06 Jul 2017
Don’t mess with the people of Clonmel – Tipperary’s county town! In medieval times, the citizens of the town took on Cromwell and won.
Well okay, they didn’t actually win but the town only surrendered (on favourable terms by the way) to the ‘bauld’ Oliver after nearly killing 2,000 of his men in an infamous siege back in 1650.
The walls were eventually breached but not without heavy losses on the Cromwellian side. And as a mark of respect to Clonmel’s brave citizens, Cromwell donated his sword to the town.
More recently Clonmel has been famous for its production of cider with two big brands still made there – Bulmers and Magners Irish cider. And of course the gorgeous Roz Purcell* – food blogger and author of Natural Born Feeder, is also from Clonmel.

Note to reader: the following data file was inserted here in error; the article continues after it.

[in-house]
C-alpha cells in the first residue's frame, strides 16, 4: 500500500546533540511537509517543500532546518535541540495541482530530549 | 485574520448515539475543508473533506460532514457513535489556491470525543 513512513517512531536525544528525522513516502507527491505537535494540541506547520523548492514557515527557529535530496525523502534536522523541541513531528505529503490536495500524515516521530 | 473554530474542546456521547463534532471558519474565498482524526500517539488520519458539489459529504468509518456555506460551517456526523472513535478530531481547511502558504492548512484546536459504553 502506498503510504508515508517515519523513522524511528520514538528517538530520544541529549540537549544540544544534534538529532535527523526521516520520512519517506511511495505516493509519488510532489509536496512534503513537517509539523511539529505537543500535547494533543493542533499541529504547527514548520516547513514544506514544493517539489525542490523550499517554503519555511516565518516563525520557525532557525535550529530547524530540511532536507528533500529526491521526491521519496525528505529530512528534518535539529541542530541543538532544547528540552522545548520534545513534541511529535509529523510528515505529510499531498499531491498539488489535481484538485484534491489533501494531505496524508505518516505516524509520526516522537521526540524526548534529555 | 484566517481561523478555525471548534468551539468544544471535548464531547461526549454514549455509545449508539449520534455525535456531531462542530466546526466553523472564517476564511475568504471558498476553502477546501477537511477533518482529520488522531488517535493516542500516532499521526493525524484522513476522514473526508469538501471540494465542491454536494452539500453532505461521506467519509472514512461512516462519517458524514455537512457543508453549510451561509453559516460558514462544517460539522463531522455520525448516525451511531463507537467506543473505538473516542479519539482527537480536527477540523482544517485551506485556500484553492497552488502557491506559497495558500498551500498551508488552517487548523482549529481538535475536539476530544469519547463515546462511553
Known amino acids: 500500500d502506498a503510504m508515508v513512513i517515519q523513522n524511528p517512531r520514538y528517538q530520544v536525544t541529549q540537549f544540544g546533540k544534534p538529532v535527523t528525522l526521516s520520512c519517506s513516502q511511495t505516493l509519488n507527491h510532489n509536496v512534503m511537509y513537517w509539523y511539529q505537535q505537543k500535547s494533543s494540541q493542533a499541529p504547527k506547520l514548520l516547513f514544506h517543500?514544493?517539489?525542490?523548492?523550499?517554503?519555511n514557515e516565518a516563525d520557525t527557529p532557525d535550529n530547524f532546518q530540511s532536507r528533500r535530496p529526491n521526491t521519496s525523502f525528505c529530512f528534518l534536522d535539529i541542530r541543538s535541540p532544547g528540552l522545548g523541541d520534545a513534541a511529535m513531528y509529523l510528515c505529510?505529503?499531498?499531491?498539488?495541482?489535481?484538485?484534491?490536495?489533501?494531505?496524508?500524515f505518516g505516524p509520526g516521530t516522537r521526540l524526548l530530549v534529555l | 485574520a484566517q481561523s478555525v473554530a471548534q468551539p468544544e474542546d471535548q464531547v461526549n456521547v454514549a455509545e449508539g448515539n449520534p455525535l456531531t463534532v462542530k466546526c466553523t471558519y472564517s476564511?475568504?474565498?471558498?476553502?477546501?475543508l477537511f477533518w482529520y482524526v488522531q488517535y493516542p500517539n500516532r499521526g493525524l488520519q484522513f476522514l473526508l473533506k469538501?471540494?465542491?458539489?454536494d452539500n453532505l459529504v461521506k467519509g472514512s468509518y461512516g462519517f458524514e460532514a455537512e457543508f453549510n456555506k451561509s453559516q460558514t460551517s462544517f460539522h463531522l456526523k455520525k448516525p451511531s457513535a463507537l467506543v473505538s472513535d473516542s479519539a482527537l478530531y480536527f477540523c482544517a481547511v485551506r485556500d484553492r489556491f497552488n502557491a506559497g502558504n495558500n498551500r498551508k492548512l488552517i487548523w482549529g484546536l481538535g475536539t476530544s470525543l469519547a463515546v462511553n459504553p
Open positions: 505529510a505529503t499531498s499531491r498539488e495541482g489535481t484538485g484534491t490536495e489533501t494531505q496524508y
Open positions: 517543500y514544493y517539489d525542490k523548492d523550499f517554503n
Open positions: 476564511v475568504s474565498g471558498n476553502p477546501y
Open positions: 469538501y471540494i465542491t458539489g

Clonmel or Cluain Meala ‘the meadow of honey’ is one of the largest towns in Ireland’s south-east. The town is uniquely positioned in the Suir River valley, shadowed by the Comeragh Mountains and Slievenamon.
Not only that, but where the town is situated geographically means that it’s commutable to Cork, Limerick, Waterford and Kilkenny – all within an hour’s drive of Clonmel.
In addition, Clonmel is only 55 minutes drive from Cork airport; an hour and 20 minutes from Shannon and less than two hours drive from the capital’s airport on a good day, according to Perry Daniel, assistant manager of EBS Clonmel.
“The town’s population is between 15,000 and 20,000 and it’s the biggest inland town in Ireland,” explains Perry.
It also has a large agricultural hinterland for leisure activities. It’s close to the Vee Pass, Rock of Cashel and Cahir Castle as well as having its own rich history. If you like running, hiking, cycling or pretty much anything outdoorsy, there’s plenty of breathtaking scenery in the area.